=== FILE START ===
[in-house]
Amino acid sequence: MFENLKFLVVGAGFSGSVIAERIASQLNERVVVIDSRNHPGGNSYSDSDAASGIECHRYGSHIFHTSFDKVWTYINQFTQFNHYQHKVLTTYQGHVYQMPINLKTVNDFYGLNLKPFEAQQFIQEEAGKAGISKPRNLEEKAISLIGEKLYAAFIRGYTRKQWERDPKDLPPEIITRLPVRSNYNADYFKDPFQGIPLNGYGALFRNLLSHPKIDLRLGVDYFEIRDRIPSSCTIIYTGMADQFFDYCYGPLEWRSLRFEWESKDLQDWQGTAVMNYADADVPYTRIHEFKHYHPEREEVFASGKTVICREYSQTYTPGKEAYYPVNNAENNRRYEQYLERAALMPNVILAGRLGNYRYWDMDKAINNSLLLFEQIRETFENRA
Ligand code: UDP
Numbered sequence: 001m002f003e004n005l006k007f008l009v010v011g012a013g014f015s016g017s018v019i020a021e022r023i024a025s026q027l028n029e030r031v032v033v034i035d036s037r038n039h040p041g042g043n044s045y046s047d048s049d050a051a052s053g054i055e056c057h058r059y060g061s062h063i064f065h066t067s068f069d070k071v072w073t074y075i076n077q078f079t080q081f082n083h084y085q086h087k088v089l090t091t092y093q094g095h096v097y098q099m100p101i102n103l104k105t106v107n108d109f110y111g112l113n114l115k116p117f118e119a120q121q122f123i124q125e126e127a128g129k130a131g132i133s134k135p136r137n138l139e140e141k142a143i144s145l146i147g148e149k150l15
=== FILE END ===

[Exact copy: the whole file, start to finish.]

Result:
[in-house]
Amino acid sequence: MFENLKFLVVGAGFSGSVIAERIASQLNERVVVIDSRNHPGGNSYSDSDAASGIECHRYGSHIFHTSFDKVWTYINQFTQFNHYQHKVLTTYQGHVYQMPINLKTVNDFYGLNLKPFEAQQFIQEEAGKAGISKPRNLEEKAISLIGEKLYAAFIRGYTRKQWERDPKDLPPEIITRLPVRSNYNADYFKDPFQGIPLNGYGALFRNLLSHPKIDLRLGVDYFEIRDRIPSSCTIIYTGMADQFFDYCYGPLEWRSLRFEWESKDLQDWQGTAVMNYADADVPYTRIHEFKHYHPEREEVFASGKTVICREYSQTYTPGKEAYYPVNNAENNRRYEQYLERAALMPNVILAGRLGNYRYWDMDKAINNSLLLFEQIRETFENRA
Ligand code: UDP
Numbered sequence: 001m002f003e004n005l006k007f008l009v010v011g012a013g014f015s016g017s018v019i020a021e022r023i024a025s026q027l028n029e030r031v032v033v034i035d036s037r038n039h040p041g042g043n044s045y046s047d048s049d050a051a052s053g054i055e056c057h058r059y060g061s062h063i064f065h066t067s068f069d070k071v072w073t074y075i076n077q078f079t080q081f082n083h084y085q086h087k088v089l090t091t092y093q094g095h096v097y098q099m100p101i102n103l104k105t106v107n108d109f110y111g112l113n114l115k116p117f118e119a120q121q122f123i124q125e126e127a128g129k130a131g132i133s134k135p136r137n138l139e140e141k142a143i144s145l146i147g148e149k150l15